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For 17-year-old “Rico” *, the accident which happened to him and his two peers in their workplace is still vivid in his memory.

A few days prior to the accident, Rico was invited by his friend to work again in a soap factory in Antipolo City. Rico has already worked in the said factory in 2020 as a soap re-packer for four months. Accepting a new job in the same factory, his new task involved cooking and mixing soap ingredients including menthol, food coloring, and other chemicals in which he will earn Php 1, 400.00- Php 2,300.00 weekly.

Rico accepted the offer a day after his birthday, his work hours scheduled from 8:00 PM to 7:00 AM.

In the same week, Patricia Bayot and Laurence Salazar, assigned government interns under the Department of Labor and Employment-Rizal Provincial Office’s (DOLE-RPO) Child Labor Prevention and Elimination Program (CLPEP), profiled Rico and other children who are working at the soap factory.

The government interns then reminded the children as well as their parents that working in the factory is prohibited by the law considering that their work schedule is at night and the hazardous nature of their job.

Conduct of further validation

As part of the profiling, CLPEP Focal Person Charmaine D. Baisa and Community Facilitator Flint Osric T. Gorospe conducted a validation visit. They went to Barangay Dalig where the factory is located to ask whether there was a filed report.

During validation, Baisa and Gorospe met Vonn Bryan Dela Rosa, Barangay Dalig Administrator, as well as the Barangay Police Security Officers and asked if the soap factory accident was reported to them.


Dela Rosa then explained that although they were informed that an accident happened, the Barangay did not receive any report or complaint from the affected individuals.

Baisa and Gorospe also visited the Antipolo City Police Station to gather more data about the accident. However, no reports were recorded regarding the said accident.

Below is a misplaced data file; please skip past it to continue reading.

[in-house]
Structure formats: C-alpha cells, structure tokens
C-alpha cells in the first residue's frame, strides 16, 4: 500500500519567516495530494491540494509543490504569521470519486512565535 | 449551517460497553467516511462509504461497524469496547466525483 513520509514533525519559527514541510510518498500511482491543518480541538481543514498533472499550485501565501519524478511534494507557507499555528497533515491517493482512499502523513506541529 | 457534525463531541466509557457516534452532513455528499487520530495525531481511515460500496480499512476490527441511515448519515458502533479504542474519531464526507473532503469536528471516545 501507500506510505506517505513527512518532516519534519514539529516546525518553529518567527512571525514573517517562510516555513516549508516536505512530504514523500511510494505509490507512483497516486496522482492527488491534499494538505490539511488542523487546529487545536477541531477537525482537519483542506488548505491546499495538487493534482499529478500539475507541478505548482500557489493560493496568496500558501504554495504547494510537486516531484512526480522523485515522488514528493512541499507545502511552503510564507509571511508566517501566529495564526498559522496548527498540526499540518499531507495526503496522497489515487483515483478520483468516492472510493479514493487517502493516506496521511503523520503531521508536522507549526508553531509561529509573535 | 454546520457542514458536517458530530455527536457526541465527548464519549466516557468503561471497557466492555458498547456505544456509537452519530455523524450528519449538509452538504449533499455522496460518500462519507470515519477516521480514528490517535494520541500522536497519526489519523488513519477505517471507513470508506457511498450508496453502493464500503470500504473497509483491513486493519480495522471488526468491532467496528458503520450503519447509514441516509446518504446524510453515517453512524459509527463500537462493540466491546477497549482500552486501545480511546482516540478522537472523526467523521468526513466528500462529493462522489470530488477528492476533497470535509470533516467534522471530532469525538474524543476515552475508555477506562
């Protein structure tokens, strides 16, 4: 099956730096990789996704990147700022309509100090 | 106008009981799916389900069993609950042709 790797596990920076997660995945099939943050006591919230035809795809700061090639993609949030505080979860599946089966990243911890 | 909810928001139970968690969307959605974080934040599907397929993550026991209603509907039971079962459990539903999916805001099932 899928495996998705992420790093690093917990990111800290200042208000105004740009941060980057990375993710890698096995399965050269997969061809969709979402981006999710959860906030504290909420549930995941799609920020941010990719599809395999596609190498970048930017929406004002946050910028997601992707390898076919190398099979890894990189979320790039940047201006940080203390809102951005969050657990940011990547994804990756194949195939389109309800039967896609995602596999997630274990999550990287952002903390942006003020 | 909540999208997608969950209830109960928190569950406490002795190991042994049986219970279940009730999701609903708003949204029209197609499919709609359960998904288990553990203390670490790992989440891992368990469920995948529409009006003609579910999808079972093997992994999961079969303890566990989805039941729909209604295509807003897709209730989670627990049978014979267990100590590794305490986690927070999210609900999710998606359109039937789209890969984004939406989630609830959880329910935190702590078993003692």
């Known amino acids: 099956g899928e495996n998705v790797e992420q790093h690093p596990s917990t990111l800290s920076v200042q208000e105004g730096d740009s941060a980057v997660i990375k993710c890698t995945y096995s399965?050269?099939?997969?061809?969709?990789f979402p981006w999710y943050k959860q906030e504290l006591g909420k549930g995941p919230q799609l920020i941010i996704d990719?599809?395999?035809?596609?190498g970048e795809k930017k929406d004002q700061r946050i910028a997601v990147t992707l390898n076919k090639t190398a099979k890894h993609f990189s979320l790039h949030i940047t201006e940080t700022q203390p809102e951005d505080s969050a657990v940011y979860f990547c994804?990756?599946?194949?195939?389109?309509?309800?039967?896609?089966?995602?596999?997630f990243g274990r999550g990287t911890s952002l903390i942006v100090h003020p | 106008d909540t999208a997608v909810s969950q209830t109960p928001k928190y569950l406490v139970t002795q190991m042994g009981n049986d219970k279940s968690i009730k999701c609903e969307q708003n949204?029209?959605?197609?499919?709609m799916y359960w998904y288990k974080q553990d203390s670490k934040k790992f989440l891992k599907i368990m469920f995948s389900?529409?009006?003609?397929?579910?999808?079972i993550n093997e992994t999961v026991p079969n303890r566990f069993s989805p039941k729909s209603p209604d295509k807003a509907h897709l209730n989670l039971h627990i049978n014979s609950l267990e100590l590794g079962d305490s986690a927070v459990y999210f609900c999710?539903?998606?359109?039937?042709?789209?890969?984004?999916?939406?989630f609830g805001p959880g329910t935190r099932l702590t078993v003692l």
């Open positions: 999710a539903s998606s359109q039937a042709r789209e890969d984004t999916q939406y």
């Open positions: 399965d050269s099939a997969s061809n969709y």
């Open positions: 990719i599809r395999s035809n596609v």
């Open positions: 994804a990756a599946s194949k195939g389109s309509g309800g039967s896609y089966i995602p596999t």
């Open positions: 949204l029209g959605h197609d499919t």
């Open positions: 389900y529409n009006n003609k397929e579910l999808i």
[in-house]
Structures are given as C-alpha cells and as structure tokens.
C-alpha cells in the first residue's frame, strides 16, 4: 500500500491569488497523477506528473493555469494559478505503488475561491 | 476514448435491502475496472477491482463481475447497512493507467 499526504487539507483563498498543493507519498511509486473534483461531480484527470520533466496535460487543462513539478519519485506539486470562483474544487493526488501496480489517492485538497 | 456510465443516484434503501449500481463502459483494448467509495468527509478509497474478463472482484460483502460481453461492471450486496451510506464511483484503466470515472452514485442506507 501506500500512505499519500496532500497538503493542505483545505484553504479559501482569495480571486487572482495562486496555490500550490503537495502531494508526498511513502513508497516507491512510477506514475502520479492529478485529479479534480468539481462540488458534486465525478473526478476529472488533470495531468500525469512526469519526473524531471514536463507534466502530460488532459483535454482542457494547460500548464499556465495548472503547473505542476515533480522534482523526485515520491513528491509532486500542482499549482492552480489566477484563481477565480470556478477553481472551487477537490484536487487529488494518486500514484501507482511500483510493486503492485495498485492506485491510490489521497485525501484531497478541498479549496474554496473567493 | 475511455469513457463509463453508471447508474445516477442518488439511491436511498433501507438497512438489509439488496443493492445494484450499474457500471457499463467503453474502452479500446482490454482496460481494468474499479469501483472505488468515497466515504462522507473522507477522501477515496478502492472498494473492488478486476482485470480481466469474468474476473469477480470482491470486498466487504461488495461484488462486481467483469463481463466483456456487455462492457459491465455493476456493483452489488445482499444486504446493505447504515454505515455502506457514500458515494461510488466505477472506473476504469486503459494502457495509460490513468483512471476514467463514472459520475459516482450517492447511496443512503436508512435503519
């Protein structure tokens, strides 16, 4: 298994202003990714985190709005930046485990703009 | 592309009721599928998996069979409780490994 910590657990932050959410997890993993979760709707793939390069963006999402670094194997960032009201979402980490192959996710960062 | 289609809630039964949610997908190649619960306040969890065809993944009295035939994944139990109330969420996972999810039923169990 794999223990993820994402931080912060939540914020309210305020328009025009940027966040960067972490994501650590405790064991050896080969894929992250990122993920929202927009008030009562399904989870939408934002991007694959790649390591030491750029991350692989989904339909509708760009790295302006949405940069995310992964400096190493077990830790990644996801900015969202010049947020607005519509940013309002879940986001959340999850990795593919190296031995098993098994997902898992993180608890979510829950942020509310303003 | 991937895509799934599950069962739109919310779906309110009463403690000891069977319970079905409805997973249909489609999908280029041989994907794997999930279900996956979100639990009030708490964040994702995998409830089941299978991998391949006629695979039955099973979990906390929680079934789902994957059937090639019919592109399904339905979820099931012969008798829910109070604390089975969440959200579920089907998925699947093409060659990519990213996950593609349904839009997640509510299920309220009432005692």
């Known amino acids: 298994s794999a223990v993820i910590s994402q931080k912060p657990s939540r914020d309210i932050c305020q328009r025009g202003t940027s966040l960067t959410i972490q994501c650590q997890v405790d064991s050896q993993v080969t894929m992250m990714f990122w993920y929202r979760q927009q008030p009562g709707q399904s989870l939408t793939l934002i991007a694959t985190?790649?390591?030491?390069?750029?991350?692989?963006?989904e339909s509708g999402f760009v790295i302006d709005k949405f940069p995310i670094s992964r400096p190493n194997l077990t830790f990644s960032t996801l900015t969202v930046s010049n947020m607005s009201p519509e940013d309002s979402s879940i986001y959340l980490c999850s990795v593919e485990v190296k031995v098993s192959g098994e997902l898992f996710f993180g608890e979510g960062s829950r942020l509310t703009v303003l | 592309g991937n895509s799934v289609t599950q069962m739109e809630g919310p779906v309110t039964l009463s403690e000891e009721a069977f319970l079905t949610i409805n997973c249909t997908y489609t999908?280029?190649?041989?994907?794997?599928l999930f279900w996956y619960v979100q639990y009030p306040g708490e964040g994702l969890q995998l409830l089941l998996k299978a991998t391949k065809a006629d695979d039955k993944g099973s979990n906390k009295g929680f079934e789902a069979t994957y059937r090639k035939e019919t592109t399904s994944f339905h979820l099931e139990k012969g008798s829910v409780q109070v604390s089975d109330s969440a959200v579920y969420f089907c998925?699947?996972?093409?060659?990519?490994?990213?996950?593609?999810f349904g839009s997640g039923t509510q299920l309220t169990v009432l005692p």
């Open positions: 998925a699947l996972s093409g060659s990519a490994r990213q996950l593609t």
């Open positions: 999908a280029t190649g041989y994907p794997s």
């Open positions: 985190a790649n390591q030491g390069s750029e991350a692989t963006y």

Painful memory

Rico painfully reminisced what transpired during that life-changing moment.

On his 5th day of working, Rico thought that it would be a normal day at work. He did not expect that a traumatizing accident would occur during his shift. He started his day normally, accomplishing his tasks as he usually does for the past days. However, when they started to transfer the boiling alcohol to another container, one of his co-workers accidentally leaked the boiling chemical on the stove near their workstation resulting in an explosion.

At first, Rico did not notice that he was caught on fire. “Akala ko noon wala akong sugat. Siyempre kapag nasusunog hindi mo ramdam sa una, manhid ka. Pero ‘nung itinakbo na ako ng Regalado [ng ospital], doon na halos mawalan ako ng malay,” he said.

Rico suffered 2nd degree burns on his legs making it hard for him to stand or walk properly. His friend “Jam” is in critical condition because of the accident while the other also suffered burns like Rico.

During the follow-up visit, Rico was asked if he could recall the details of the accident. Rico then replied that he chose not to think nor remember any details of the accident for it is still painful and traumatizing for him whenever he sees fire. “Ayoko nang isipin. Nakakatakot na kapag makakakita ka ng apoy kahit nasa lighter o kaya kahit nasa paligid mo talagang maiisip mo na naman eh. Hindi ka mapapakali kasi makikita mo ‘yung apoy na nakasunog sa’yo,” he painfully admitted.

Although the employer shouldered most of their medical expenses, DOLE-RPO also gave Rico a hygiene kit that could help him in cleaning his wound. The Department also gave him some school supplies for his face-to-face classes that he may use once he is cleared to go back to school.

To further assess his condition, DOLE-RPO referred Rico to the Municipal Social Welfare and Development Office of Angono to help him recover from the traumatic incident he experienced.

Despite his hardships, Rico is still optimistic that he could bounce back from the situation. Currently, he is enrolled as an 11th Grade in a public school in Antipolo City.

DOLE-RPO also included Rico’s parent in one of the priority beneficiaries of Kabuhayan para sa Magulang ng Batang Manggagawa Project in 2023. This is to give Rico’s family a source of income.

The story of Rico clearly shows the risks that the children always face as they work in industries that are hazardous in nature. Although children ages 15 to below 18 years old are permitted to work, considering 15 years old as the minimum employable age in the country, the Protection of Children Law or RA 9231 clearly stated that their participation to work that is hazardous and deleterious in nature are prohibited.

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